Nova Scotia is one of the few provinces that allows for creative sentencing for safety violations and it is seeing success with this approach, according to the government’s special prosecutor for occupational health and safety, Alex Keaveny.
“We have one of the broadest set of powers that judges have to sentence under our OHS act,” he said, speaking at the Safety Services Nova Scotia workplace health and safety conference in Halifax on April 9. “Many provinces have no creative sentencing ability or very limited. We have a very broad one and we use that. We try to be as creative as possible. We really want the sentence to have an impact.”
While the act also allows for fines and jail time, the Public Prosecution Service has been placing a lot of focus on creative sentencing. The most common creative sentence is safety presentations. Offenders conduct presentations at public forums, community centres, industry annual general meetings and colleges on the lessons they have learned. In one case, an offender will soon be sharing his message at morning meetings on a company’s work site.
James Murphy is a success story for this type of sentencing. He was a truck driver who ran over and killed a flagger. He gave a series of very effective presentations about what happened: At the end of the day, he was tired, not focused and simply did not follow the safety procedures for the task. While he was only required to give seven presentations, he ended up doing nine and reached more than 400 people in the industry.
‘He was a really good public speaker and I think he had a real impact,” said Keaveny. “To me, I can’t imagine watching a presentation like that, being in that industry and not taking something away from it.”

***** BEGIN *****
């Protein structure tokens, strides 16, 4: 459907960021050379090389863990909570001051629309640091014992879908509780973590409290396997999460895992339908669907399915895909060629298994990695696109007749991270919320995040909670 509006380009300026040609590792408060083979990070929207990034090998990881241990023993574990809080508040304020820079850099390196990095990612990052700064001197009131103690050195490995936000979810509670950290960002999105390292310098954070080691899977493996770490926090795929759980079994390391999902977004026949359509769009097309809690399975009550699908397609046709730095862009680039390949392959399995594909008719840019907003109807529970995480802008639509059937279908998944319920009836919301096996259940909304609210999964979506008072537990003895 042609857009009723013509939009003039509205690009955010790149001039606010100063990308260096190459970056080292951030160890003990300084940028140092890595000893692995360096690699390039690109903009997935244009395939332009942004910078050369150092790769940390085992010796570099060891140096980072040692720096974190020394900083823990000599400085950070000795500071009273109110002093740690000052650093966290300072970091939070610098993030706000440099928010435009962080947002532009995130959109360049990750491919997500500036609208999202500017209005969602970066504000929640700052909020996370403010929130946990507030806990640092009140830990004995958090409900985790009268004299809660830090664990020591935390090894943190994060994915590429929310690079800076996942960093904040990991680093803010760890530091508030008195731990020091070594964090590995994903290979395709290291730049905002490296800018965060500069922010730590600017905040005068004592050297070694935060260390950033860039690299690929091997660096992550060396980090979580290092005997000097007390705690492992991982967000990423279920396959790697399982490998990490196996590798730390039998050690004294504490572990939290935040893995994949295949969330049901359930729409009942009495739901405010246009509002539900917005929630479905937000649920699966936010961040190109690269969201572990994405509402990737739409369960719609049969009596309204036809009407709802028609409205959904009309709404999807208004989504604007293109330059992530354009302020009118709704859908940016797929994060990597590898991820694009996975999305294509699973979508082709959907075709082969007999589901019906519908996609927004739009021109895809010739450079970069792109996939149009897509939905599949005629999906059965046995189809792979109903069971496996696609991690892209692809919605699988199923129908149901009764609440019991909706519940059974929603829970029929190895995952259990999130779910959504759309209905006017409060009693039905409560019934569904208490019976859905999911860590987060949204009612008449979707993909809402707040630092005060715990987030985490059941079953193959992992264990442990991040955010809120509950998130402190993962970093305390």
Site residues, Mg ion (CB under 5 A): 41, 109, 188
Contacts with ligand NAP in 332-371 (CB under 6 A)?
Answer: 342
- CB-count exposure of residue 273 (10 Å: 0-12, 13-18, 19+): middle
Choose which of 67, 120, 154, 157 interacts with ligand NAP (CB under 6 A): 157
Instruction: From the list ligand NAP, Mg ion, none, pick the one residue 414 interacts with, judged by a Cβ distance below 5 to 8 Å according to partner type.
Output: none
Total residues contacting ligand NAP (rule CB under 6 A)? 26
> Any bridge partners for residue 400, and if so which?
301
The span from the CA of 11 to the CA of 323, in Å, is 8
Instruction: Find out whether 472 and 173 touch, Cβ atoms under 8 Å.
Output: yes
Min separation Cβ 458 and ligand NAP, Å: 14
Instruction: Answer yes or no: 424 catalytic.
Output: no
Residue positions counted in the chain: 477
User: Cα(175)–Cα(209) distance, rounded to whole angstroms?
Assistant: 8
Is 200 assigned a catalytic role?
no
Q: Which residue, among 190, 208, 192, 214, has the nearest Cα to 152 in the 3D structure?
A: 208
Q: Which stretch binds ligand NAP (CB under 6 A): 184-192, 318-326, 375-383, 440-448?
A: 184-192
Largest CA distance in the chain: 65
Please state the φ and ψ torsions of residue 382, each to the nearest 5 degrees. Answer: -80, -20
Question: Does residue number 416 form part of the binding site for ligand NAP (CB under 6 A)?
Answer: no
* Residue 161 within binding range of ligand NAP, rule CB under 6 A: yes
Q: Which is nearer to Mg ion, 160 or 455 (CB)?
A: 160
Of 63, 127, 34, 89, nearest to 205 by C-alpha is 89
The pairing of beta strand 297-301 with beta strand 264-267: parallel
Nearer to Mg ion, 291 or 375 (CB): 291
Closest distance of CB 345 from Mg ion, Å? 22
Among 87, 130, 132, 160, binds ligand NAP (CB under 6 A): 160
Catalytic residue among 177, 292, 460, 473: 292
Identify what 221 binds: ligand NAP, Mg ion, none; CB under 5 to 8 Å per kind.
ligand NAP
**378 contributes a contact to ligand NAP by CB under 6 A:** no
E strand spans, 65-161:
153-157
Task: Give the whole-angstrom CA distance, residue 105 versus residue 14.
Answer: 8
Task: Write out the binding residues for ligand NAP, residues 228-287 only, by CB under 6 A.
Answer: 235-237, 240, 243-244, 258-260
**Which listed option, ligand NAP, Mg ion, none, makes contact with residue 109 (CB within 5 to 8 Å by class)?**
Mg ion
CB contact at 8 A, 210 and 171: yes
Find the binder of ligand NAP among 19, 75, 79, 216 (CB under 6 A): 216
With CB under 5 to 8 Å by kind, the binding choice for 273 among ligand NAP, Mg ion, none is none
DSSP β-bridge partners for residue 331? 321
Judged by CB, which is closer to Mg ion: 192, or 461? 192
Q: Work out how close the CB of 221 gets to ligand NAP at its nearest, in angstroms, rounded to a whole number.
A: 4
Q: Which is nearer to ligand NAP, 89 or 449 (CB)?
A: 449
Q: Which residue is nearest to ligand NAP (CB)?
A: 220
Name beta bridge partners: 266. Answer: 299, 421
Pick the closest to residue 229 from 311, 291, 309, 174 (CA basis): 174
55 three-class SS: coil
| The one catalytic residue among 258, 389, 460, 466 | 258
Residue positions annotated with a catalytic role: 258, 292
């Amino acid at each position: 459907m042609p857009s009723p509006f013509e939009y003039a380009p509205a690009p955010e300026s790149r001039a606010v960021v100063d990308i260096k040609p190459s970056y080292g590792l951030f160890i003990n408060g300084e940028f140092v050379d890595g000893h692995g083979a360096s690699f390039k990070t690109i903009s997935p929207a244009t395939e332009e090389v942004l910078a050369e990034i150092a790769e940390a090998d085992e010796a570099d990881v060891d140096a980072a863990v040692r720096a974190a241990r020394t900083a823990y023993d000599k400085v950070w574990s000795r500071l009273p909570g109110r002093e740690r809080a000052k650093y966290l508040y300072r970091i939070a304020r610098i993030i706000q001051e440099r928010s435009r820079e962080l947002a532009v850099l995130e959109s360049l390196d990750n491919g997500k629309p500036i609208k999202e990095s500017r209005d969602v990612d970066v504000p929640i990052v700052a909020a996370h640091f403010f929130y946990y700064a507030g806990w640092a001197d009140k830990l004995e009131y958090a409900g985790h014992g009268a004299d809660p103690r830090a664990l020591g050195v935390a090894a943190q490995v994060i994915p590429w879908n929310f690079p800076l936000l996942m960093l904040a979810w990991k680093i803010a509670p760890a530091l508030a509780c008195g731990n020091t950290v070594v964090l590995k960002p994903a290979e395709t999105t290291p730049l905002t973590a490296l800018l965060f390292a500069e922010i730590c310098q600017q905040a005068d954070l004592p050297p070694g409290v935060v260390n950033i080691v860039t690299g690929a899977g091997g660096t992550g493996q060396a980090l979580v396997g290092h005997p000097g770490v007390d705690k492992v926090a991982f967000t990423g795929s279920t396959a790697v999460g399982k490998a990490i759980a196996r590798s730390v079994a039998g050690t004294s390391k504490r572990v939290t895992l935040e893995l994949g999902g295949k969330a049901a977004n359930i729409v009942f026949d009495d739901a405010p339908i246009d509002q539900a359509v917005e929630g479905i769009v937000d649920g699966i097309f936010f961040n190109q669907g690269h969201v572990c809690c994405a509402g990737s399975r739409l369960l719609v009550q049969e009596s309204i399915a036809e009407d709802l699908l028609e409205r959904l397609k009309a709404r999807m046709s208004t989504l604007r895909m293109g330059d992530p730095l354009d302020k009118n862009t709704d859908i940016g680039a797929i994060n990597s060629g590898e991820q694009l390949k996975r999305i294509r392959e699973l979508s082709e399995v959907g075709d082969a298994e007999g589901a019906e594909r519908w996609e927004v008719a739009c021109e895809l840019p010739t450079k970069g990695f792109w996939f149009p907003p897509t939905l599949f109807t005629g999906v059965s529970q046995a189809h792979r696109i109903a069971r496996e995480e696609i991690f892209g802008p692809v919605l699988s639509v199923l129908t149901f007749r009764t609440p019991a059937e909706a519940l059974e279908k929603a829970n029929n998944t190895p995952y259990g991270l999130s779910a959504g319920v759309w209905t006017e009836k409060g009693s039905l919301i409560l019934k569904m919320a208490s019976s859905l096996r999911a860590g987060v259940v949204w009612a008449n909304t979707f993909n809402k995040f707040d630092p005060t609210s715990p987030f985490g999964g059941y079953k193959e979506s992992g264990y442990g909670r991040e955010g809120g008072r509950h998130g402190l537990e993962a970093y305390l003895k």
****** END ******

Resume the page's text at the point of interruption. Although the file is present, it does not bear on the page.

Another creative example is media ads and billboards to educate the public or an industry on safety.
“Obviously there is a cost to printing and erecting and maintaining these billboards and that’s what the sentence would provide for,” said Keaveny.
Yet another option is scholarships and bursaries. One example of this is a bursary in memory of Alan Fraser for Nova Scotia Community College students. Fraser was 21 when he died after falling from the sixth floor of a construction project in Halifax. Part of the sentence for the company was to set up an annual bursary.
“It’s another way of keeping the message going,” said Keaveny. “A student will know that a bursary he or she got is in memory of Alan Fraser.”
This penalty was actually a suggestion from the defence. As part of the creative sentencing process, offenders and their team can make suggestions.
“If it’s a good one, if it's something that’s enforceable that furthers the goals of the act and raises awareness on safety issues, we can do that — if it’s something we can sell to the judge as a good idea,” Keaveny said.
Along with working with offenders and their lawyers to come up with a creative sentence, Keaveny also considers the specific industry sector.
“Not every industry is exactly the same, not every avenue is going to be as effective," he said. "We want things that work.”